Our group studies the role of the gut microbiota in health and disease with a specific focus on immune-mediated digestive diseases and disorders. We also conduct research with colleagues in the cancer theme to characterise the role of the skin microbiota in cell transformation and wound healing. It appears that microbial “dysbiosis” is a hallmark associated with these conditions, but the triggers and functional bases of this phenomenom are still largely undefined.

In collaboration with clinican scientists and industry partners, we use innovations in sampling, genomic-, and culture-based systems to shine light on microbial dark matter, with the goal of using genetic-, organismal and dietary approaches to restore a healthy microbiota, resilient to disease recurrence.  

As such, our laboratory uses a combination of “omics” techniques with contemporary methods of microbial and cell biology, to discover “new” microbes and their genetic potential to affect host response via inflammatory and/or tumorigenic processes.

We have developed novel methodologies to quantify microbial load on digestive tissue, as well as to capture and characterize mucosa-associated microbial communities along the gastrointestinal tract. By doing so, we have been able to establish how these communities influence clinical-based indices of symptom severity and gut health. This knowledge offers new opportunities for the risk stratification of patients in terms of their responsiveness to pharmacological and/or immunotherapeutic interventions for disease remission.

  • Professor Mark Morrison

    Chair & Group Leader Metagenomics & Chair & Group Leader Metagenomics
    Frazer Institute
    Affiliate Professor & Affiliate Professor
    School of Chemistry and Molecular Biosciences

Our current research projects focus on:

  1. The Eastern IBD gut microbiota (ENIGMA) project, comparing the microbial communities in Australia and SE Asia in incident Crohn’s disease patients.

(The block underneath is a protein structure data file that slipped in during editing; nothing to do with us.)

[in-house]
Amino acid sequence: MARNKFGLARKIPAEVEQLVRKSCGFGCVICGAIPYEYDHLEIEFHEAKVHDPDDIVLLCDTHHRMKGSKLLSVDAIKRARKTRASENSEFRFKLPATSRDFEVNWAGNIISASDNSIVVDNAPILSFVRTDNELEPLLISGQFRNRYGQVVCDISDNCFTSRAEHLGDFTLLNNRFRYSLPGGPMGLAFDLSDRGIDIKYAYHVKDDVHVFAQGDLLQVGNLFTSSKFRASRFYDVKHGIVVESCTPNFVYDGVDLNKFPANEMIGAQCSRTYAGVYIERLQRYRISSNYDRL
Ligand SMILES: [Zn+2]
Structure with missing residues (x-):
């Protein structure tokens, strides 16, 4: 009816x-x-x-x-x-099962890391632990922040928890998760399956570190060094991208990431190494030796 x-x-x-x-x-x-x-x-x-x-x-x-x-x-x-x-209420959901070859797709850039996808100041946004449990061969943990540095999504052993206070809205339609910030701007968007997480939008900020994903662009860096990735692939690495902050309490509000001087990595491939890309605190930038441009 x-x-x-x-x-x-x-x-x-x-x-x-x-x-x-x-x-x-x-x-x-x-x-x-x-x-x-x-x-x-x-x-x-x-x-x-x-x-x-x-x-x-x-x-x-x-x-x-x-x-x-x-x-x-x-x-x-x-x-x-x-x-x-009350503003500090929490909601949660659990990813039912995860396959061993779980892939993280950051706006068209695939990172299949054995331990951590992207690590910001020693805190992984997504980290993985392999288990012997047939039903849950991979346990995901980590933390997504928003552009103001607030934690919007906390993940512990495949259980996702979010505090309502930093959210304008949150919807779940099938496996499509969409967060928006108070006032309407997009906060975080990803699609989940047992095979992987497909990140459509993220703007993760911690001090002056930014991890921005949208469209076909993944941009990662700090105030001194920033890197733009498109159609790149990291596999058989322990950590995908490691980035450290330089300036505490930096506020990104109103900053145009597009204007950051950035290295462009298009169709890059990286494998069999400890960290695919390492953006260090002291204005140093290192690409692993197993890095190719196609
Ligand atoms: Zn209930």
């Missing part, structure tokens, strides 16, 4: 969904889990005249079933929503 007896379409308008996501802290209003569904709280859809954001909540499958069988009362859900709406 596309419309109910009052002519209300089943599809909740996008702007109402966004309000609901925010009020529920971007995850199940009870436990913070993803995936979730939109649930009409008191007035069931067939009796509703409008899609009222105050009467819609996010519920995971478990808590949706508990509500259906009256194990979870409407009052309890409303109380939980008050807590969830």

2. The NHMRC Centre for Excellence in Digestive Health, which uses novel ex-vivo combinations in microbe- and cell-culture methods to examine the pathophysiology of functional gastrointestinal disorders.
  3. Methanogensis and methanogens in IBD and related digestive disorders.
  4. Bringing genomes to life by the culture of “new” gastrointestinal and skin microbes.

Student projects

  • Wanted live not dead, bringing genomic data to life via novel culture-based methods.
  • Novel ex vivo combinations of microbe- and cell-culture studies to characterise the roles of the mucosa-associated microbiota in digestive diseases and disorders.


We have received funding from the National Health and Medical Research Council, the Australian Research Council, the Helmsley Charitable Trust via the Australasian Gastrointestinal Research Foundation, and various industry partners.


We have long-standing collaborations with Professor Michael Kamm (University of Melbourne) and Professor Siew Ng (Chinese University of Hong Kong), as well as Dr Phillipe Langella and Dr Marion Leclerc (INRA, France). We lead the microbiome studies for the Australian Gastrointestinal Research Alliance and the NHMRC Centre for Digestive Health, which is a multicentre initiative involving Australian and international partners.

Professor Morrison serves as the Australian science representative to the International Human Microbiome Consortium.